JH: Yeah, it certainly appears that's where we're headed. Have you noticed in terms of you teaching (you obviously still enjoy it), have you noticed a change over the years in your student writers' relationship to what they're doing . . . Have they changed?

WM: Well, the last one first: have they changed? Yes, when I first started teaching they were seventy-five percent male. They're now seventy-five percent female. I think a major change, the effects of which we've only begun to see the first results of, is that the make-up of the class is very different. It was only in the first four or five years that I taught that that proportion I described was true. This would have been in the early seventies that things started to shift. My female students routinely outnumber male students these days, and many of my best students in recent years have been women.

I think there's going to be a situation of near-equality in another generation or two, just in terms of numbers of published poets and so forth. There've been very few magazines in which the number of female writers has been fifty percent or higher, unless they were magazines specifically committed to achieving that goal. But more and more every year it's moving in that direction. I think that's a major change, the consequences of which we've only begun to glimpse or think about.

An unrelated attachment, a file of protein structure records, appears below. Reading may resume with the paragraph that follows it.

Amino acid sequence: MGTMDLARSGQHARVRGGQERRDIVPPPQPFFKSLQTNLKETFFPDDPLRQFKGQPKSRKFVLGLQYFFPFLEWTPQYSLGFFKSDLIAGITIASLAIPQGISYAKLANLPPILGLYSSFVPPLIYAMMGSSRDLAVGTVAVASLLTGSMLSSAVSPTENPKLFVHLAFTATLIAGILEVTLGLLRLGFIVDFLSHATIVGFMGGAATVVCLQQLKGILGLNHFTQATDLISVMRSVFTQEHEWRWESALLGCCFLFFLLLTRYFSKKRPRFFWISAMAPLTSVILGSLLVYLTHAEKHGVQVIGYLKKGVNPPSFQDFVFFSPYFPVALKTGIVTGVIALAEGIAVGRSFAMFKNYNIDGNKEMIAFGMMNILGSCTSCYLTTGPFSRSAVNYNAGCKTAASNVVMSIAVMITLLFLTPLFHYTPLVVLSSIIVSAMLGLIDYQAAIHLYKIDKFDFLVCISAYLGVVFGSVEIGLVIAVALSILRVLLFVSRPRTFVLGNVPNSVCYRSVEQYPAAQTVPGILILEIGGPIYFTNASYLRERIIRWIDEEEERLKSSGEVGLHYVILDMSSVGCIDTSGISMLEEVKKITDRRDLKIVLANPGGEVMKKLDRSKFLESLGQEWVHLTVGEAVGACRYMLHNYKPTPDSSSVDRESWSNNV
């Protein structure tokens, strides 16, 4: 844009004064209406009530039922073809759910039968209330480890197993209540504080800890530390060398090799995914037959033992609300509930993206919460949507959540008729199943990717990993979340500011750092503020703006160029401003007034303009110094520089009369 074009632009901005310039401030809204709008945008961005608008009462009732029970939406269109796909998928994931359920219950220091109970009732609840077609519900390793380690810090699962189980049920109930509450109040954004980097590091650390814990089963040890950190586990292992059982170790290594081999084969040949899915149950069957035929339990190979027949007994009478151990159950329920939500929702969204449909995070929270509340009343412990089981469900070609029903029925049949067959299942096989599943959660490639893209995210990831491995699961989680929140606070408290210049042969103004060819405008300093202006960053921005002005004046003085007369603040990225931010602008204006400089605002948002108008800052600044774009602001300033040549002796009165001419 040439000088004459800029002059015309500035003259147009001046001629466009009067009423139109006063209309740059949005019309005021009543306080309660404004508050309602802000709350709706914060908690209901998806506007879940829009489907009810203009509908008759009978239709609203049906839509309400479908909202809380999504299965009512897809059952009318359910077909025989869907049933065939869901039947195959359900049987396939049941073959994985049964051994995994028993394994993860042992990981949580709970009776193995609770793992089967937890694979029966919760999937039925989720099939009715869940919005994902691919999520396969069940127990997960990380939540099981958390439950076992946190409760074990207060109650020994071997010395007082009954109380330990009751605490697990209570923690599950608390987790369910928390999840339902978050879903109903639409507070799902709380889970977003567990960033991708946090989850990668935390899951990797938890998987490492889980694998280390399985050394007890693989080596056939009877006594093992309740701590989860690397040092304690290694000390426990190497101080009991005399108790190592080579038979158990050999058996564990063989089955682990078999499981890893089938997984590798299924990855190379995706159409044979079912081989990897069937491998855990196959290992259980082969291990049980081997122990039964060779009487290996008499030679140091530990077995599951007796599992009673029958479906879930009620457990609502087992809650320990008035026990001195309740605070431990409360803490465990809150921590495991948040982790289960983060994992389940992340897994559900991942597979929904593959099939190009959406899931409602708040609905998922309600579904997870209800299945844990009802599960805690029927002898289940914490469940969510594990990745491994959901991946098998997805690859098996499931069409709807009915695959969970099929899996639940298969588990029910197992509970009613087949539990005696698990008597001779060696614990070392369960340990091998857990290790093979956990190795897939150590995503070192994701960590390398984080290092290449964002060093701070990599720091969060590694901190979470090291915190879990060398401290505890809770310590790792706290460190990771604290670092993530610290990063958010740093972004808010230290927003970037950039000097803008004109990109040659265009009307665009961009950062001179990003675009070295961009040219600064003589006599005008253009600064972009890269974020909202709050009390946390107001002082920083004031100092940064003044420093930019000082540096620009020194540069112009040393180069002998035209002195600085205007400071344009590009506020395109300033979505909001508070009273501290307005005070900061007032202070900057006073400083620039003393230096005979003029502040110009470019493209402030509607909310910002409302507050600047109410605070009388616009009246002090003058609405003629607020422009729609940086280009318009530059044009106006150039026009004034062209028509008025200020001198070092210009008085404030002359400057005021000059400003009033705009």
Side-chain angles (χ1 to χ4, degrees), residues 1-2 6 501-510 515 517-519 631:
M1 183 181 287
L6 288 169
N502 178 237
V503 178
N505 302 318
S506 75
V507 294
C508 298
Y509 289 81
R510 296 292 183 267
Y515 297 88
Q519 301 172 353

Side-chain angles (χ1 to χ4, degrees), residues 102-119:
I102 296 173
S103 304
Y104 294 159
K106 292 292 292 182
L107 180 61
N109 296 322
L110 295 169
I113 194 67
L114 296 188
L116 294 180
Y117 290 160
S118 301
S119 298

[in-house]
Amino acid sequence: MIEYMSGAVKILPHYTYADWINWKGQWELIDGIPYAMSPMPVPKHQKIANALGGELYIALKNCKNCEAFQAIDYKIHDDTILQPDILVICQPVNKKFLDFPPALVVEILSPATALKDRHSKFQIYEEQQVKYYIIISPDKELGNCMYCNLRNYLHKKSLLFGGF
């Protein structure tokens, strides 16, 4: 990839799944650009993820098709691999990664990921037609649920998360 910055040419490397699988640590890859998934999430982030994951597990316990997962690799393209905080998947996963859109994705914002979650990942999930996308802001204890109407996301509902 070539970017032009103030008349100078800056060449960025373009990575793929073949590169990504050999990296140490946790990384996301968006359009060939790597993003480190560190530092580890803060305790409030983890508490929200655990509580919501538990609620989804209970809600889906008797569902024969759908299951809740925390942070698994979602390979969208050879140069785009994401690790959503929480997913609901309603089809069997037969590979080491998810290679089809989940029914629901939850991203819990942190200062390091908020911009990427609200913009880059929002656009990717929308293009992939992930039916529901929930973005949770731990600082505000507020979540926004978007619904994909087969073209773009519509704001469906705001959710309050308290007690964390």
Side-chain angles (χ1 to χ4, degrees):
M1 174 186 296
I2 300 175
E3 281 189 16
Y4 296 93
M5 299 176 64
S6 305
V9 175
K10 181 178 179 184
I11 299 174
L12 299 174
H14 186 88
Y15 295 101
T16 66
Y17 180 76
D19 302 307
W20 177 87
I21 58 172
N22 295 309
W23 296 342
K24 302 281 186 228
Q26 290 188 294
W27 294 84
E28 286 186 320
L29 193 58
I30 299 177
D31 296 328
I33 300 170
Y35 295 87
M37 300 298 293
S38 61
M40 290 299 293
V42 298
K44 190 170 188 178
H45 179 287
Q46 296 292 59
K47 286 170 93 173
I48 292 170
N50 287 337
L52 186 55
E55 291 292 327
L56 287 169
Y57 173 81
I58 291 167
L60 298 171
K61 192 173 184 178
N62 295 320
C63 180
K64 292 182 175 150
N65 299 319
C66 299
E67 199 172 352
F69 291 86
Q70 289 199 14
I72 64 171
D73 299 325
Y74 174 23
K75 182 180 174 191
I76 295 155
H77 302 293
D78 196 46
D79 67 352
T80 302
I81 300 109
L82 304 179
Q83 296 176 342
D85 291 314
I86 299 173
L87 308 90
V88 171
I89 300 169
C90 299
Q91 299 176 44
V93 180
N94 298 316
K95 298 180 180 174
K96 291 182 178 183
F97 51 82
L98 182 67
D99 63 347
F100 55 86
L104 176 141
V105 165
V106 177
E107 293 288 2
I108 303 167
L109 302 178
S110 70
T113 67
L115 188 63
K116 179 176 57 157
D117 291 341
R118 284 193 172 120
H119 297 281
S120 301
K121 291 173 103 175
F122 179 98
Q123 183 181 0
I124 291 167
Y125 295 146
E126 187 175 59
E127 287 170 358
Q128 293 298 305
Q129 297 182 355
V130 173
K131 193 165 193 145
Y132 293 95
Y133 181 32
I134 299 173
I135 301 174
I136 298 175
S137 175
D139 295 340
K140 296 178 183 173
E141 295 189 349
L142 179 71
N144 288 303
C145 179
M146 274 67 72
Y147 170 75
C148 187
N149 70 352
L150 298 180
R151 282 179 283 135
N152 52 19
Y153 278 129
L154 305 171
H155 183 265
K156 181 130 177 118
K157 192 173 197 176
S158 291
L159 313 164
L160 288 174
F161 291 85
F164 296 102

I think another thing is something you touched on when you spoke of a certain professionalization of writing programs. I think this is a problem, can be a problem. It's less a problem for me with the kind of students I have at City College, whose average age is probably thirty-five. I don't have a single student who, if you said to him or her, "What do you do?" they would say "I'm a graduate student in writing." They all have another identity, a professional or familial identity. And they're very serious as writers, and the best of them are quite skillful.

But I think for younger students than my group, which reflects being part of a big, urban university, and being part of City College, which goes out of its way to be accessible to people. All our graduate courses are at night because we assume our students have jobs. At Columbia, for example, all their classes are in the daytime, which assumes that you still have a really good financial relationship with your parents, if you ask what that assumption is. NYU, which is much more expensive than City College has an all-evening program for its graduate students.

I think there are slightly more Hispanic and Afro-American writers in workshops than there used to be. This doesn't always make the terms of the debate richer. For example, the better black students I've had at City College tend to have a very different set of assumptions about their relationship to an audience, and to a community, and to a tradition than the white students, who have no idea who they're speaking for or to, and don't think this is a problem. And the white and the black students often clash, rather affectionately. The animus is not at all racial, or cultural even. But it's . . . there's a real difference in understanding what it means to be a poet and what it means to speak as if you have an audience. Or, in the case of the white students, to speak as if you didn't know you had an audience and needed to figure out why you were speaking anyway.